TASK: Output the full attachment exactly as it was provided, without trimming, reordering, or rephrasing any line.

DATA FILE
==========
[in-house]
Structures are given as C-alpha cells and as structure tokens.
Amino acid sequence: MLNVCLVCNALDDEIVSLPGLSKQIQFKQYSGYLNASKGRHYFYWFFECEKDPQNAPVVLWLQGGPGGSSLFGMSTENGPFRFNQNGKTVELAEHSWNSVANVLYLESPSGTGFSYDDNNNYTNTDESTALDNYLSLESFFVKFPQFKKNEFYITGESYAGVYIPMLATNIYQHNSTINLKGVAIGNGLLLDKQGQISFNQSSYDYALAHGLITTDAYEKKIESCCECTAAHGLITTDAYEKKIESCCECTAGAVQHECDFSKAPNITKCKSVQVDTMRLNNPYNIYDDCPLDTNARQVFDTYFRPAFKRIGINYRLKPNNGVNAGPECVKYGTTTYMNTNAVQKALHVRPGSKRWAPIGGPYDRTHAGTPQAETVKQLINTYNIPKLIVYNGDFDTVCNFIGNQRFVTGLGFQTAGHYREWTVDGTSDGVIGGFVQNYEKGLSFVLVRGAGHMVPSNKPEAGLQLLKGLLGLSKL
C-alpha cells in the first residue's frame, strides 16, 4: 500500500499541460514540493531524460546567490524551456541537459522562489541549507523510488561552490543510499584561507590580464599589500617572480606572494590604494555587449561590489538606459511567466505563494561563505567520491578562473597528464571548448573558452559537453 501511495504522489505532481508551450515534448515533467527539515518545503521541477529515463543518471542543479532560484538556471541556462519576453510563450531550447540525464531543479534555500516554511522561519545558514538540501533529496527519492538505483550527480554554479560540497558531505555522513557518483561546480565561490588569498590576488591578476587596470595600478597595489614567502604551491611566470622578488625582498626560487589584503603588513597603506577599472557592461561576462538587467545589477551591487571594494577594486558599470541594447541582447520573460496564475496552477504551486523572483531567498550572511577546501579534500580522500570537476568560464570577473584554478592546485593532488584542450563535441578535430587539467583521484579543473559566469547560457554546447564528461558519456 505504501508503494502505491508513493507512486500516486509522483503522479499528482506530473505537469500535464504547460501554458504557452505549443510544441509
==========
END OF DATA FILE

[in-house]
Structures are given as C-alpha cells and as structure tokens.
Amino acid sequence: MLNVCLVCNALDDEIVSLPGLSKQIQFKQYSGYLNASKGRHYFYWFFECEKDPQNAPVVLWLQGGPGGSSLFGMSTENGPFRFNQNGKTVELAEHSWNSVANVLYLESPSGTGFSYDDNNNYTNTDESTALDNYLSLESFFVKFPQFKKNEFYITGESYAGVYIPMLATNIYQHNSTINLKGVAIGNGLLLDKQGQISFNQSSYDYALAHGLITTDAYEKKIESCCECTAAHGLITTDAYEKKIESCCECTAGAVQHECDFSKAPNITKCKSVQVDTMRLNNPYNIYDDCPLDTNARQVFDTYFRPAFKRIGINYRLKPNNGVNAGPECVKYGTTTYMNTNAVQKALHVRPGSKRWAPIGGPYDRTHAGTPQAETVKQLINTYNIPKLIVYNGDFDTVCNFIGNQRFVTGLGFQTAGHYREWTVDGTSDGVIGGFVQNYEKGLSFVLVRGAGHMVPSNKPEAGLQLLKGLLGLSKL
C-alpha cells in the first residue's frame, strides 16, 4: 500500500499541460514540493531524460546567490524551456541537459522562489541549507523510488561552490543510499584561507590580464599589500617572480606572494590604494555587449561590489538606459511567466505563494561563505567520491578562473597528464571548448573558452559537453 501511495504522489505532481508551450515534448515533467527539515518545503521541477529515463543518471542543479532560484538556471541556462519576453510563450531550447540525464531543479534555500516554511522561519545558514538540501533529496527519492538505483550527480554554479560540497558531505555522513557518483561546480565561490588569498590576488591578476587596470595600478597595489614567502604551491611566470622578488625582498626560487589584503603588513597603506577599472557592461561576462538587467545589477551591487571594494577594486558599470541594447541582447520573460496564475496552477504551486523572483531567498550572511577546501579534500580522500570537476568560464570577473584554478592546485593532488584542450563535441578535430587539467583521484579543473559566469547560457554546447564528461558519456 505504501508503494502505491508513493507512486500516486509522483503522479499528482506530473505537469500535464504547460501554458504557452505549443510544441509